Orienteering is a big deal in Sweden. The local club is quite close to our place, and on Tuesday nights at 6PM there are loads of kids at every age and level doing activities and practicing their skills. Our neighbor is a keen member of the club, and gave us a map for the 7-month, municipality-wide orienteering event called ‘Hittaut‘ =’find it out(side)’.
Basically, the map shows you a 100m radius in which there is a ‘kontroll’: a small marker with a code that you type into an app on your phone. Some are easy to find (green codes) and some are really tricky (red and black), and in our town there are also hints (“check by the bushes”) that have been good vocabulary builders for us. It is fun to learn the map symbols and get better at interpreting them; sometimes this involves learning the hard way that those tiny tables are actually ‘impassible cliffs’.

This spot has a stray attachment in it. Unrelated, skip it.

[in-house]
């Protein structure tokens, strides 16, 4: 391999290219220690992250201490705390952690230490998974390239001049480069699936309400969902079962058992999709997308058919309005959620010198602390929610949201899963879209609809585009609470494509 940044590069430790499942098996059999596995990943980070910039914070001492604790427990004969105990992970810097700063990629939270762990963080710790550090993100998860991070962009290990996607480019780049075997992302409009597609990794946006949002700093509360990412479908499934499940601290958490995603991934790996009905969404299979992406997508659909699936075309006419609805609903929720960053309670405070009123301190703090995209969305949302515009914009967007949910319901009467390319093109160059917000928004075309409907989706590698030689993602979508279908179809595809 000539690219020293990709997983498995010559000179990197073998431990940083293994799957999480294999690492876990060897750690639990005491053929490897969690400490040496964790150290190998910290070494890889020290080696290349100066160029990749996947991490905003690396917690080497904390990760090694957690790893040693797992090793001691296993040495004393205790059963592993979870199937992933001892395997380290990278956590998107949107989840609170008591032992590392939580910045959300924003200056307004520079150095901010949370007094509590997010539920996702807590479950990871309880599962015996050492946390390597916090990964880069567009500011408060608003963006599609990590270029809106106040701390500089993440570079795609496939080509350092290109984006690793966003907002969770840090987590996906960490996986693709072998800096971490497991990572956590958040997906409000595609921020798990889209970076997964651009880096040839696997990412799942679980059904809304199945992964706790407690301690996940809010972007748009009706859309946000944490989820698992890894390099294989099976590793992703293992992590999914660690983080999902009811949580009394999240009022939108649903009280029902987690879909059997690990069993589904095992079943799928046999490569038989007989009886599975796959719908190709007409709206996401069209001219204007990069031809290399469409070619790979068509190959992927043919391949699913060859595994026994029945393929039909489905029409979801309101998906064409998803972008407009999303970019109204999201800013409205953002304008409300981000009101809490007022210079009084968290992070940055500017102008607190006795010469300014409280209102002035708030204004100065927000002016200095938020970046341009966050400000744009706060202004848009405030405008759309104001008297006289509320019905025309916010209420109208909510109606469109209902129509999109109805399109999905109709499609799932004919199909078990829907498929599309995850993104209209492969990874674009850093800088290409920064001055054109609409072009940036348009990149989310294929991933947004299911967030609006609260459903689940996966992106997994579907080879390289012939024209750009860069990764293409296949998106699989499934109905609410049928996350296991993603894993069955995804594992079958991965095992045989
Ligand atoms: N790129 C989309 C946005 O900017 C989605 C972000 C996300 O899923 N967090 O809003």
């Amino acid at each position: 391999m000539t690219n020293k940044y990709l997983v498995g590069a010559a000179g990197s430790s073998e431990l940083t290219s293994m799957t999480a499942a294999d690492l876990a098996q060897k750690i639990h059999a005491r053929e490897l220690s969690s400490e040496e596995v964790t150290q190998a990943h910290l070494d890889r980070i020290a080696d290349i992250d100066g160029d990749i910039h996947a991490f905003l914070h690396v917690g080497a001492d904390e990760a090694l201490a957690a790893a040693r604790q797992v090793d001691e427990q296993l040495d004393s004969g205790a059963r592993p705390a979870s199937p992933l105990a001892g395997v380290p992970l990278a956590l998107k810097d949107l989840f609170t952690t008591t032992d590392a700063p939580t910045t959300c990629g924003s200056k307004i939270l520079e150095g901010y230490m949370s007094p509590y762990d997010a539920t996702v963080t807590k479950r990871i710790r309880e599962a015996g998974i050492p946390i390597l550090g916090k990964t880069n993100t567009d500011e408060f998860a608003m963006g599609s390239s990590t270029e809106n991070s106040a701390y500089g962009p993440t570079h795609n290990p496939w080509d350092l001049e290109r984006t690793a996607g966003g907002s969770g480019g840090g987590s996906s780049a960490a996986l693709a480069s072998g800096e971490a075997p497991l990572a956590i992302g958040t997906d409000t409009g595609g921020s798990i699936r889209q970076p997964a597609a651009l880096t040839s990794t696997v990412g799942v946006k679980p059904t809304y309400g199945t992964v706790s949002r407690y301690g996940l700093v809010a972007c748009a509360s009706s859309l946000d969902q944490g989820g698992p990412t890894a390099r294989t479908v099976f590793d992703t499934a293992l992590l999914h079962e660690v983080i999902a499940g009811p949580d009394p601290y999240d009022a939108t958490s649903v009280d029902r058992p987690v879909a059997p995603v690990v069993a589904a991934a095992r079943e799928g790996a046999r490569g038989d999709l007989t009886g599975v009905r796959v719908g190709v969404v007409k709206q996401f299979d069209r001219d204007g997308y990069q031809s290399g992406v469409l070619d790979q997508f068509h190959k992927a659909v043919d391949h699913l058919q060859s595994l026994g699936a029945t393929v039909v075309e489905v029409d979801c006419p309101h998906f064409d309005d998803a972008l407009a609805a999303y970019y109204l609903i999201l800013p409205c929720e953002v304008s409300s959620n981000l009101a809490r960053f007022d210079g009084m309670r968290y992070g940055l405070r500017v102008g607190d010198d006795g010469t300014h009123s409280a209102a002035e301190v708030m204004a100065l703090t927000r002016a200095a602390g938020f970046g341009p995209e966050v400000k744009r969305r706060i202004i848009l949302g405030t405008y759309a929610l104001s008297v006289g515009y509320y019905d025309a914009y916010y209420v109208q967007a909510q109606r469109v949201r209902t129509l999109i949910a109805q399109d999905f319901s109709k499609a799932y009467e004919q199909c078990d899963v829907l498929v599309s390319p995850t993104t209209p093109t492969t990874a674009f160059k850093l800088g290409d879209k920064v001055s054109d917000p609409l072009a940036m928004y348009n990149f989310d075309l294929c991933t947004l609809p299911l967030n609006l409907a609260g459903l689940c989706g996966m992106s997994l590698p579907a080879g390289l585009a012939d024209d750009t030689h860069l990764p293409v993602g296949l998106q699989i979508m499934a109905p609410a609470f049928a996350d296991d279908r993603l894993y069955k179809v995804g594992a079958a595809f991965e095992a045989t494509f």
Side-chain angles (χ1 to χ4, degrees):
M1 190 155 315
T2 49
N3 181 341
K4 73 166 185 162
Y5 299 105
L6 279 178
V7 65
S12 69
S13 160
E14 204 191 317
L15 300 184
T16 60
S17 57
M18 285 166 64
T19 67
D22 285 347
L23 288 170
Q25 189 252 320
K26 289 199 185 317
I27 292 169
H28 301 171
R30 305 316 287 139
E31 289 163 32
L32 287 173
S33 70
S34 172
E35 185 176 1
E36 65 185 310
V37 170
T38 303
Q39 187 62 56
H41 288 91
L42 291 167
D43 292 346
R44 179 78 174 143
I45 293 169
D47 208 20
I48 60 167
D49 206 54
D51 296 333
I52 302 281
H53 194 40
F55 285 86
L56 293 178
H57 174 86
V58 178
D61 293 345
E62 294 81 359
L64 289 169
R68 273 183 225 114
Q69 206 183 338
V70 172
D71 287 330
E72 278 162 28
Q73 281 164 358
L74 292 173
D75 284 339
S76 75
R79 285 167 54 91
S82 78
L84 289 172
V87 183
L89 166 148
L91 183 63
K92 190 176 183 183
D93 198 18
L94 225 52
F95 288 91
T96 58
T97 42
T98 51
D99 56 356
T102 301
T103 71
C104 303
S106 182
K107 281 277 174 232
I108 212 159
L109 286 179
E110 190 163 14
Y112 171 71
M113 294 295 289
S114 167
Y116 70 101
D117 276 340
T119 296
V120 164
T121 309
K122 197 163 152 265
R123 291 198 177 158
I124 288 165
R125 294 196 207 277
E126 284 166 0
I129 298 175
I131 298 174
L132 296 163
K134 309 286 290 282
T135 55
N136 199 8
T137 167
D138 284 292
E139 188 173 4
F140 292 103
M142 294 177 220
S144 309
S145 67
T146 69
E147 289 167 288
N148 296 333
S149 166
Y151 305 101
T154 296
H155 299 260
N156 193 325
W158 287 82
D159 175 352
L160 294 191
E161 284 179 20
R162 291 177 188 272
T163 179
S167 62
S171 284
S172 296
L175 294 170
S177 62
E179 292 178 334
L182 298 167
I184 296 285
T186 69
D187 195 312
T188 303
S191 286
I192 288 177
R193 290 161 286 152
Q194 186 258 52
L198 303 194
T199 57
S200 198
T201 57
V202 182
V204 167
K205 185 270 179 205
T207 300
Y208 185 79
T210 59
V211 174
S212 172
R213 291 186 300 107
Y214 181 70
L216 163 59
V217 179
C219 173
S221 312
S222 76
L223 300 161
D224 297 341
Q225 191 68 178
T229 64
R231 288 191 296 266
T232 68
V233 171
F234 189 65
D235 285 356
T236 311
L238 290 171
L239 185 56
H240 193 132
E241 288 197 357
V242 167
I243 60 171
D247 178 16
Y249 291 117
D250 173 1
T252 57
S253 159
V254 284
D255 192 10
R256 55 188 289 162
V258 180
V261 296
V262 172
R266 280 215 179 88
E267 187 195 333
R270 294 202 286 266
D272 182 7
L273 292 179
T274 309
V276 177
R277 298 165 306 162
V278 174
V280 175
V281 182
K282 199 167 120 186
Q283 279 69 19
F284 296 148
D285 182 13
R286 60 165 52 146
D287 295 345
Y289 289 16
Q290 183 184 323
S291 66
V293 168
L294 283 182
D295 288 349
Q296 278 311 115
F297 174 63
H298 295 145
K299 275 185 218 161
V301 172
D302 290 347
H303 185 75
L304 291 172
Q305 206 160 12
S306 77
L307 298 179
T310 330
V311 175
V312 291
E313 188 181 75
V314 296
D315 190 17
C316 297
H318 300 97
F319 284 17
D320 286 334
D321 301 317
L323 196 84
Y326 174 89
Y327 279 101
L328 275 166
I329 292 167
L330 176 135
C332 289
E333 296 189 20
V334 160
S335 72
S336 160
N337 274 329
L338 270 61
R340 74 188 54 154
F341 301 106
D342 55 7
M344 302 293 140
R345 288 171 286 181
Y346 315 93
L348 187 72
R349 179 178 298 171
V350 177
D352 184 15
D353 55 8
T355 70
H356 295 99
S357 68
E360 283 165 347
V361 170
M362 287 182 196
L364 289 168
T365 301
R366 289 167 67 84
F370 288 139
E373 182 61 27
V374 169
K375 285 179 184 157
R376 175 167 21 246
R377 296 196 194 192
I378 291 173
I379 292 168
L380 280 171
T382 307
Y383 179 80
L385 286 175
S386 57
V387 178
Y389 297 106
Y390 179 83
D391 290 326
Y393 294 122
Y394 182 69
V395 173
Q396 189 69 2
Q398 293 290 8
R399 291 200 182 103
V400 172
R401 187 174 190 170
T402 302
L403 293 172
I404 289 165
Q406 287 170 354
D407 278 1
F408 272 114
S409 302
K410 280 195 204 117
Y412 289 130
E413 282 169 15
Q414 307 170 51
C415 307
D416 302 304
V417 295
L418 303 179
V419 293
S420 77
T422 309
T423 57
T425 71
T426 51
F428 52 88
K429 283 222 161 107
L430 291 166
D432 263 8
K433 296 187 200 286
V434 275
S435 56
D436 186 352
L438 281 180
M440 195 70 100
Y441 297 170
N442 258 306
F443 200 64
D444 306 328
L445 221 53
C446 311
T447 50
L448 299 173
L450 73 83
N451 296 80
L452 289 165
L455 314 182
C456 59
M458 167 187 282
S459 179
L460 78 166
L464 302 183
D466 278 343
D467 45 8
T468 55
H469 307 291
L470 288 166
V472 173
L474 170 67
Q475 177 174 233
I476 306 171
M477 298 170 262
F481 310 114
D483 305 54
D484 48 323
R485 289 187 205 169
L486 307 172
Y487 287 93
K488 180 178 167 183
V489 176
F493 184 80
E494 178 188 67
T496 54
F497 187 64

This has been a really nice way to learn more about our environment, and visit some neighborhoods that we would not have seen otherwise. We’ve also found some great pockets of forest and some interconnected connected powerline trails that make for challenging variety on the walking routes. The local ‘Eagle Mountain’ (Ã–rnberget) has an amazing set of ruins, including a fort with walls enclosing over 200 sq m that was built in the early iron age (around when Jesus was born).